These co-ed dorm rooms are typically called “gender-neutral housing.” Related: Colleges with Optional Gender-Neutral Housing So, what is living in a co-ed dorm—or a co-ed room—really like?
Co-ed dorms (meaning the buildings, not the individual rooms) may still separate genders, often by floors or “wings.” But many colleges just mix things up, with female and male roommates living next door or across the hall from each other.
If you’re heterosexual, co-ed dorms make it slightly easier to accommodate sexy time.
But that doesn’t mean your roommate(s) will magically disappear when you have a “special friend” visiting.
However, if you’re not interested in sharing a mini fridge with someone of the opposite sex, you don't have to.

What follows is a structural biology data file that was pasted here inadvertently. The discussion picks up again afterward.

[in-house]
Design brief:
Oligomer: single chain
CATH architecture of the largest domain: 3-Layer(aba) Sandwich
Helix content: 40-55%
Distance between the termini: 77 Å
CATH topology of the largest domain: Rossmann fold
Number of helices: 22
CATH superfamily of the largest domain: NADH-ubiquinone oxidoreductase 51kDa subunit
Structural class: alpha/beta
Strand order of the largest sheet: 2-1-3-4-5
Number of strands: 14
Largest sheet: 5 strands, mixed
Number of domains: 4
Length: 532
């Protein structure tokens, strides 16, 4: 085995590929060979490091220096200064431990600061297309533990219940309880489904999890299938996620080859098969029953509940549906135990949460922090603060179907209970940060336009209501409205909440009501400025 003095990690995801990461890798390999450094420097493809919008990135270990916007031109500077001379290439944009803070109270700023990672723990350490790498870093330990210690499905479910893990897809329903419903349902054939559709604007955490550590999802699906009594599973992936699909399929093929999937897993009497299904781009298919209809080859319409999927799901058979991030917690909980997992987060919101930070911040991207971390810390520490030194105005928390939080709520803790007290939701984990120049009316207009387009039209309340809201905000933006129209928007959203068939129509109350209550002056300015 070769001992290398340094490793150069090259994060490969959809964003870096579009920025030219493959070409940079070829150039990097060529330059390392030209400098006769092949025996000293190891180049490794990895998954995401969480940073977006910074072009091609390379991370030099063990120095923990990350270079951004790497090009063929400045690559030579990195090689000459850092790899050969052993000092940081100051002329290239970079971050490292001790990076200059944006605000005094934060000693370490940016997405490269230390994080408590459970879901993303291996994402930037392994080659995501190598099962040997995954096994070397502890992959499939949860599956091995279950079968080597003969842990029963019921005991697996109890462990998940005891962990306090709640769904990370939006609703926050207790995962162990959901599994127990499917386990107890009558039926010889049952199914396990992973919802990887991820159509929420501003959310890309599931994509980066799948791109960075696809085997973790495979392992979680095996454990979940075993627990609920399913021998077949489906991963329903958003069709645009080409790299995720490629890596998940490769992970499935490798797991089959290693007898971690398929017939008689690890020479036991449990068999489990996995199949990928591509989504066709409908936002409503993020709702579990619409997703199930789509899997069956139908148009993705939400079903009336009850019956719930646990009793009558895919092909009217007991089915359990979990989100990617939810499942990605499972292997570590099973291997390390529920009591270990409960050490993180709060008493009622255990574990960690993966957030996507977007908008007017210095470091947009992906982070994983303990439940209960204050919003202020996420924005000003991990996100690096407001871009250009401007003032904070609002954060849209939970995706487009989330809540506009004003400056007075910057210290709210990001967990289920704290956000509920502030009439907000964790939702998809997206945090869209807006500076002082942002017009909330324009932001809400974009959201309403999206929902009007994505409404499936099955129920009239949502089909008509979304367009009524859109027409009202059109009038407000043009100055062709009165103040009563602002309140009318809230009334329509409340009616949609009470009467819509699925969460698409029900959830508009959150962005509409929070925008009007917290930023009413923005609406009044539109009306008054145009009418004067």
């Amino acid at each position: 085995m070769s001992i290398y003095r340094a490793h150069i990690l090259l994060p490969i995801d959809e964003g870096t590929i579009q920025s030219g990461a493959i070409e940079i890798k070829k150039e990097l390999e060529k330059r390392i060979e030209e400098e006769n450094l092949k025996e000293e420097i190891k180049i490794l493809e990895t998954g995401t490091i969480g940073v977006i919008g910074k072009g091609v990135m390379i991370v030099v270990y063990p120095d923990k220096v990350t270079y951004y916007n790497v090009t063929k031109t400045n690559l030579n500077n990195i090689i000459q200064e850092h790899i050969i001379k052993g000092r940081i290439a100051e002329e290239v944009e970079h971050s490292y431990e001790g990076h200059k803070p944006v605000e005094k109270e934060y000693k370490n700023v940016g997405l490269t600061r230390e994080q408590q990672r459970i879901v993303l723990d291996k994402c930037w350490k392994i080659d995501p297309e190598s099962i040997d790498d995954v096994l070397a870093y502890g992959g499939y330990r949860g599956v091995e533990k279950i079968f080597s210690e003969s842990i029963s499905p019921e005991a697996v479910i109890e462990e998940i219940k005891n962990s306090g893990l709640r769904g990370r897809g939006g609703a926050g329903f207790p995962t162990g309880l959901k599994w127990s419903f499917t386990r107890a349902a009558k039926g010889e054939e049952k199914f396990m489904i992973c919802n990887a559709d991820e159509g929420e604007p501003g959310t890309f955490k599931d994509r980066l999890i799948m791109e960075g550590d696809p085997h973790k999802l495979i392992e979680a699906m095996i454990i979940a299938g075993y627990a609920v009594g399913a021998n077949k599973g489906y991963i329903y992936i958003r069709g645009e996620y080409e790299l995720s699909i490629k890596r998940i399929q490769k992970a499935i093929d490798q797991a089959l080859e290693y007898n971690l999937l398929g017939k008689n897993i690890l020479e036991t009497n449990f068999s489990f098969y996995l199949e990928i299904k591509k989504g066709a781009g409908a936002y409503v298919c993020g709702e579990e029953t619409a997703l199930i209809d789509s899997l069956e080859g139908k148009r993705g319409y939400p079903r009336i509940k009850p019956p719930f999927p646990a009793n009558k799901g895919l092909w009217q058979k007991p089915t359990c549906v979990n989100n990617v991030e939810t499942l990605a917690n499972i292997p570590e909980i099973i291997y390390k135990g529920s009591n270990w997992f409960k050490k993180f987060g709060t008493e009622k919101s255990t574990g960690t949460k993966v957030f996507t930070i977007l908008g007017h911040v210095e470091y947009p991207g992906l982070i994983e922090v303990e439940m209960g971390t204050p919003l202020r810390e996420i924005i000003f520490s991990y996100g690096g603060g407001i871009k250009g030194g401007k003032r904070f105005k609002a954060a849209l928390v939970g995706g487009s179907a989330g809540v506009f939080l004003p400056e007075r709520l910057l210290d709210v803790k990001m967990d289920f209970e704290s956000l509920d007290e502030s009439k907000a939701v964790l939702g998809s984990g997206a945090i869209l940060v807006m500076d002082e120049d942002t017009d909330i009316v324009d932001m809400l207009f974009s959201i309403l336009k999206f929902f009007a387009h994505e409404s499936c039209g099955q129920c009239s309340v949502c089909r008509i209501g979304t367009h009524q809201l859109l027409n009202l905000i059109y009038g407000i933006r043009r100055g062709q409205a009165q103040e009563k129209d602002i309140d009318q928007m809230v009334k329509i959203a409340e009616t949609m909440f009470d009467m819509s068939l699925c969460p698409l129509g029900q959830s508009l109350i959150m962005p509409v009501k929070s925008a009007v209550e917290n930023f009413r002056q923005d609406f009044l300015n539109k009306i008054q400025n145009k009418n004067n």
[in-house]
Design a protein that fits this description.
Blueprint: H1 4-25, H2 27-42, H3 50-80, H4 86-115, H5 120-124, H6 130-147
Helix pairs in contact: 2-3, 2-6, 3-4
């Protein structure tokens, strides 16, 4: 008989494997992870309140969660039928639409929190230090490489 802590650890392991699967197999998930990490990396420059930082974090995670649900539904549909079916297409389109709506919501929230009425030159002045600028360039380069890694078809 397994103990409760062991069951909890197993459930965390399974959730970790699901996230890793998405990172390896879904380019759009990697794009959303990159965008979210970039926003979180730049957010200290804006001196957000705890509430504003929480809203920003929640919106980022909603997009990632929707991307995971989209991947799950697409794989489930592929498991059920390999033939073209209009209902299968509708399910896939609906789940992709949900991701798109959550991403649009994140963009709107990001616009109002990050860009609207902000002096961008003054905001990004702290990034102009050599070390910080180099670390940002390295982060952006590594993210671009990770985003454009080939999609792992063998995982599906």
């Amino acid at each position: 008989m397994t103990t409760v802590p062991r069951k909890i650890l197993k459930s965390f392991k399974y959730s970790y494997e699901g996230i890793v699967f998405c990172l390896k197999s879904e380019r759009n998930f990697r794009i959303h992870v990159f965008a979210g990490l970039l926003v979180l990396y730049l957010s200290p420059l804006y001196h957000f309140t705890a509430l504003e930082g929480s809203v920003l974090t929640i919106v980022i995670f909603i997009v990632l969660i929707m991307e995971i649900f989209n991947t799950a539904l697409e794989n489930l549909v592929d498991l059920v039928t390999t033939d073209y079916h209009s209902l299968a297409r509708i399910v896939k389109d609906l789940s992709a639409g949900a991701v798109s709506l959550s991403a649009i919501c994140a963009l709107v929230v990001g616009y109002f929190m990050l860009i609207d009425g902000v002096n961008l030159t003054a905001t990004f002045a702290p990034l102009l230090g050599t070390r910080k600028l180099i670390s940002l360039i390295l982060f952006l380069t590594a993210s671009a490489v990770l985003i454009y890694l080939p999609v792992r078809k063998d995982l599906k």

Even at colleges offering gender-neutral housing, many (if not most) students still choose to room with members of the same sex.
And as for simply sharing bathroom space with the opposite sex?
“Nobody cares.” Beyond bathrooms, co-ed dorms are pretty much like any other dorms, except, you know, co-ed.
In co-ed bathrooms, the showers have curtains and bathroom stalls have doors (just like in single-sex bathrooms), but you’ll still find yourself in close proximity to someone of the opposite sex. But unless one of you chooses to strut around in your birthday suit, you’re not going to see anyone’s nakedness.
Some students don’t really care one way or the other.
But if co-ed living isn’t for you, that’s okay too.
Advocates of gender-neutral housing say it’s about making sure every student has a comfortable, inclusive on-campus living experience.
And students say a good roommate is a good roommate, regardless of their gender.